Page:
« Go Back

Legally speaking: Can sellers control who you cooperate with?

By Peg Ritenour, OAR Vice President of Legal Services/Administration

The OAR Legal Assistance Hotline receives an array of real estate-related legal questions — including license law issues, disclosure, contract law, ethics and commission problems, among others. In an effort to help you work “within the law,” we’ve launched a new “Legally Speaking” feature exclusively on the OAR Daily Buzz that spotlights some of the timely questions that are being asked by REALTORS. This one concerns situations where your seller doesn’t want you to cooperate with another broker…

Q: I have just taken a listing that I will be submitting to my local MLS. However, the seller had a bad experience with another broker in a previous transaction and does not want that broker to show his property and does not want me to offer compensation to this broker. Can I do this or would I be violating the Code of Ethics or the MLS rules?

A: As the listing agent, you owe your seller a fiduciary duty of obedience that requires you to follow his lawful instructions. Certainly in this case there is nothing unlawful about the seller’s instruction and therefore you need to comply with his directive.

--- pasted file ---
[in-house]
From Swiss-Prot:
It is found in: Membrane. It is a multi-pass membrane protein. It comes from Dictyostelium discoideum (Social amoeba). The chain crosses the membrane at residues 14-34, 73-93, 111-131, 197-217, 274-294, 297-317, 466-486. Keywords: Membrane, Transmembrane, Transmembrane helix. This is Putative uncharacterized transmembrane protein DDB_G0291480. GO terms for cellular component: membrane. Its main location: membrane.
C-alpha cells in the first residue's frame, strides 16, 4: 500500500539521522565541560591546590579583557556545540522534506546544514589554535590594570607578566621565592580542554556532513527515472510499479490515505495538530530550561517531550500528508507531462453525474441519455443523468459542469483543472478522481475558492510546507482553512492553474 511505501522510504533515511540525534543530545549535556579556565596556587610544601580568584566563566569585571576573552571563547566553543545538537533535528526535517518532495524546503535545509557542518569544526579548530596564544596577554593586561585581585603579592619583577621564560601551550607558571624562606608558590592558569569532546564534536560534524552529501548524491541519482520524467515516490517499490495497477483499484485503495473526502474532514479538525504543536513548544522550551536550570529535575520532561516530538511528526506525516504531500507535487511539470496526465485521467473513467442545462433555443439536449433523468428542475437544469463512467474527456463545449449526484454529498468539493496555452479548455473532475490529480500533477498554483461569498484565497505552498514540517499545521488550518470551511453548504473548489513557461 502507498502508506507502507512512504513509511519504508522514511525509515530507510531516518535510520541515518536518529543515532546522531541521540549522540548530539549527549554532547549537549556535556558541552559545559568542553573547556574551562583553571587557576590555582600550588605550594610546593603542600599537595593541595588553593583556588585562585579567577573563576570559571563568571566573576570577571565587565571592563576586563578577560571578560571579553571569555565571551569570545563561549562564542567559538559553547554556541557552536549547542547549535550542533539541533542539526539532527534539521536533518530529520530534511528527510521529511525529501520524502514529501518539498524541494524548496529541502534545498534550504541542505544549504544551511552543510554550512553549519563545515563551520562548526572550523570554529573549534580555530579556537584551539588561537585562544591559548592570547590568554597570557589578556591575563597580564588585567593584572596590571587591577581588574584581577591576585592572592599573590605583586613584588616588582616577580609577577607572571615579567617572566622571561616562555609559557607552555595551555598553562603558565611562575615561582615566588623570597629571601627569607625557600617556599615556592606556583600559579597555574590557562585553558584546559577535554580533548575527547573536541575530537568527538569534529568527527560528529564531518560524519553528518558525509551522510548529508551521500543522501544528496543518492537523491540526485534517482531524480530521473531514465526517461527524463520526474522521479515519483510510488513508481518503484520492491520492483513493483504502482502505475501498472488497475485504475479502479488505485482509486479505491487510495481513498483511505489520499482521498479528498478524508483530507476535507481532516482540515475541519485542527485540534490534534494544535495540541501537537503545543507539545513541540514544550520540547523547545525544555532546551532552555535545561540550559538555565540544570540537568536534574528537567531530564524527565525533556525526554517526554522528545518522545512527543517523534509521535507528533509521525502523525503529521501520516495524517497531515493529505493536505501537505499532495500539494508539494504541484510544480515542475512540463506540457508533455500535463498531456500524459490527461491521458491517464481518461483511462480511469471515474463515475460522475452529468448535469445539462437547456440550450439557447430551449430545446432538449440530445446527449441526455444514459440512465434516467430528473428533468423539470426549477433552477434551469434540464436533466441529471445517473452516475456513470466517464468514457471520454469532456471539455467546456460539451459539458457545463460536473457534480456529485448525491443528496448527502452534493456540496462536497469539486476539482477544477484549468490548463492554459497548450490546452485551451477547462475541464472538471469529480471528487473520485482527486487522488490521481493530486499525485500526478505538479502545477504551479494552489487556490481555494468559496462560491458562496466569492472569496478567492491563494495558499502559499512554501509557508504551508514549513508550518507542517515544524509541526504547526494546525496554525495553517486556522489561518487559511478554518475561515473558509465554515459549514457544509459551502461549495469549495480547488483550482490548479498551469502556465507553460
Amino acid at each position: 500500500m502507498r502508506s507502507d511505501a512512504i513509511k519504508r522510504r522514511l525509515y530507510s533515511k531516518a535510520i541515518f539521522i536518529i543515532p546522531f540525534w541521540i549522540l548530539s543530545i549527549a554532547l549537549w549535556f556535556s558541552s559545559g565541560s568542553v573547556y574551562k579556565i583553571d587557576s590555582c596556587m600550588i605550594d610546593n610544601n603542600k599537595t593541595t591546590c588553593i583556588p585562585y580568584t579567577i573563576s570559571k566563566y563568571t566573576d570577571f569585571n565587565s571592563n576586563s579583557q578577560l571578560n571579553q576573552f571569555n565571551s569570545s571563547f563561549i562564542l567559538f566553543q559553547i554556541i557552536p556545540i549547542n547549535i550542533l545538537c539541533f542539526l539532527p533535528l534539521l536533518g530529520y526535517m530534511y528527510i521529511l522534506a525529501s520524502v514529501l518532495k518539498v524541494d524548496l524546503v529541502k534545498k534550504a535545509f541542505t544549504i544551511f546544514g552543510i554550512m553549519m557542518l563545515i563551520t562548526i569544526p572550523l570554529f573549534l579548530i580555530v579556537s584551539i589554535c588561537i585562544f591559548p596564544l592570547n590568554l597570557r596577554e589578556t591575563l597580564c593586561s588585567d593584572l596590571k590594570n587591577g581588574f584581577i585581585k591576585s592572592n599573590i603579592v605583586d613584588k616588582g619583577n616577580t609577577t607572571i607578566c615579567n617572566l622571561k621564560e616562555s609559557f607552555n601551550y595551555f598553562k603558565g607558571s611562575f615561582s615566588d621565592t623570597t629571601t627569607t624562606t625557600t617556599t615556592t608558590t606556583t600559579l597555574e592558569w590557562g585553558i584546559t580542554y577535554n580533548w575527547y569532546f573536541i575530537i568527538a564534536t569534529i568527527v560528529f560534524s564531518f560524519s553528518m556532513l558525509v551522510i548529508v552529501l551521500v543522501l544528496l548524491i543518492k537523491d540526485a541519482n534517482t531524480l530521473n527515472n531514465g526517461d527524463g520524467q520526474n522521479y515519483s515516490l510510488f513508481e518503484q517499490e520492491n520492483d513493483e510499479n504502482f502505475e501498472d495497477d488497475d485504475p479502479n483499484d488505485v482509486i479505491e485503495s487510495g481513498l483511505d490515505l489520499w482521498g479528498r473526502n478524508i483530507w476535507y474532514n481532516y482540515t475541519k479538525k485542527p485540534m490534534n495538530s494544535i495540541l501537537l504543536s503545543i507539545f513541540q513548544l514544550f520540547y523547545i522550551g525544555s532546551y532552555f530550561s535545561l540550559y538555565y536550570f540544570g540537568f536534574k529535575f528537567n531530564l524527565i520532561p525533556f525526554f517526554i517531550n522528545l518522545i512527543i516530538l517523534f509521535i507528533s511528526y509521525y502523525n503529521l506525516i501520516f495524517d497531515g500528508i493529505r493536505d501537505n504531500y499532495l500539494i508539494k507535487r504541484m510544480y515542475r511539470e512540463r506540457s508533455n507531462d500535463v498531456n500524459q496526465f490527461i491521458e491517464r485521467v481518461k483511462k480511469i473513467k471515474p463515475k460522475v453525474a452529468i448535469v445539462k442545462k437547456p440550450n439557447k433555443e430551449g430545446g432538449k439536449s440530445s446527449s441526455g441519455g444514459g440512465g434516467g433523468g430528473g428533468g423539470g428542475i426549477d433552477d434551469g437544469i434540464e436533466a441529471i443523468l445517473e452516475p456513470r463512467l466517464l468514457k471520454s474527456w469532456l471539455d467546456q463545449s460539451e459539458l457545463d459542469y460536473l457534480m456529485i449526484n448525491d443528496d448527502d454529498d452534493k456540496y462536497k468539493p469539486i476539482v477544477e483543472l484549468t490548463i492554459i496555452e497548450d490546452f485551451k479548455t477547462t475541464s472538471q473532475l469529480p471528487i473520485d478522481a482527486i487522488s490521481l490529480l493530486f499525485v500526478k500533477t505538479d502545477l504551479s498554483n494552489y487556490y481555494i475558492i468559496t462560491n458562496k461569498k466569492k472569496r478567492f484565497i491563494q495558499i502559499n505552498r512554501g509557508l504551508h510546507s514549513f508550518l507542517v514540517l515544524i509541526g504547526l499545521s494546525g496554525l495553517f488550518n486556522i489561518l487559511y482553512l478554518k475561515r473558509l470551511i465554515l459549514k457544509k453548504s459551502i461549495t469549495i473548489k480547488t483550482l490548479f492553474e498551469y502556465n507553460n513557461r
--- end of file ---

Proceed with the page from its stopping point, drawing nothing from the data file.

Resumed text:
Of course you do want to be mindful of your duties under the NAR Code of Ethics and the MLS rules. Article 17 of the Code does require REALTORS to “cooperate” with other REALTORS, unless such cooperation is not in the best interests of the client. The fact that the seller (your client) has decided that he does not want this other broker to be involved in the sale of his property would be sufficient to relieve you from your ethical obligation to cooperate with this other broker. Of course for your protection you should have the seller put this instruction in writing.

As to the MLS rules, your local MLS probably adopted a provision from the NAR model rules that addresses how these kinds of situations are handled. This section provides that a listing broker can notify another broker in writing if the compensation that is reflected in the MLS on a listing is not being offered to him. However this written notice must be communicated to that broker before he produces an offer to purchase. Thus it is imperative that this written notice be delivered immediately. In your situation, the notification should also specify that per the seller’s request, cooperation is also not being extended and therefore per the seller’s instructions the brokerage is also not allowed to show the property.

Tags: legal